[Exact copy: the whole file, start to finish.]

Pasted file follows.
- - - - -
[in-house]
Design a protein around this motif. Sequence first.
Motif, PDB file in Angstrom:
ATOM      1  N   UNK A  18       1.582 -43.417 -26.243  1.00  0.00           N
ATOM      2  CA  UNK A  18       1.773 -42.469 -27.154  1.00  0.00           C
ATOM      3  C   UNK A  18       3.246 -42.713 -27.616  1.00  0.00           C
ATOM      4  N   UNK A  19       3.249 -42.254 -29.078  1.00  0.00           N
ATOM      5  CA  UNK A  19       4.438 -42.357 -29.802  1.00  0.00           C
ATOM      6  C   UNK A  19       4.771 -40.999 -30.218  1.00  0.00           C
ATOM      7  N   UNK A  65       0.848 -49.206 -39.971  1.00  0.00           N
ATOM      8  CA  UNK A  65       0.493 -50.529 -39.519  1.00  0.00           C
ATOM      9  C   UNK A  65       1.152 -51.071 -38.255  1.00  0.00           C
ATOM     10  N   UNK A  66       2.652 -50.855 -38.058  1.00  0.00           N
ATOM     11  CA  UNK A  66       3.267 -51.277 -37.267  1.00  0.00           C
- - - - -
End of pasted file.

[in-house]
Design a protein around this motif. Sequence first.
Motif, PDB file in Angstrom:
ATOM      1  N   UNK A  18       1.582 -43.417 -26.243  1.00  0.00           N
ATOM      2  CA  UNK A  18       1.773 -42.469 -27.154  1.00  0.00           C
ATOM      3  C   UNK A  18       3.246 -42.713 -27.616  1.00  0.00           C
ATOM      4  N   UNK A  19       3.249 -42.254 -29.078  1.00  0.00           N
ATOM      5  CA  UNK A  19       4.438 -42.357 -29.802  1.00  0.00           C
ATOM      6  C   UNK A  19       4.771 -40.999 -30.218  1.00  0.00           C
ATOM      7  N   UNK A  65       0.848 -49.206 -39.971  1.00  0.00           N
ATOM      8  CA  UNK A  65       0.493 -50.529 -39.519  1.00  0.00           C
ATOM      9  C   UNK A  65       1.152 -51.071 -38.255  1.00  0.00           C
ATOM     10  N   UNK A  66       2.652 -50.855 -38.058  1.00  0.00           N
ATOM     11  CA  UNK A  66       3.267 -51.277 -37.267  1.00  0.00           C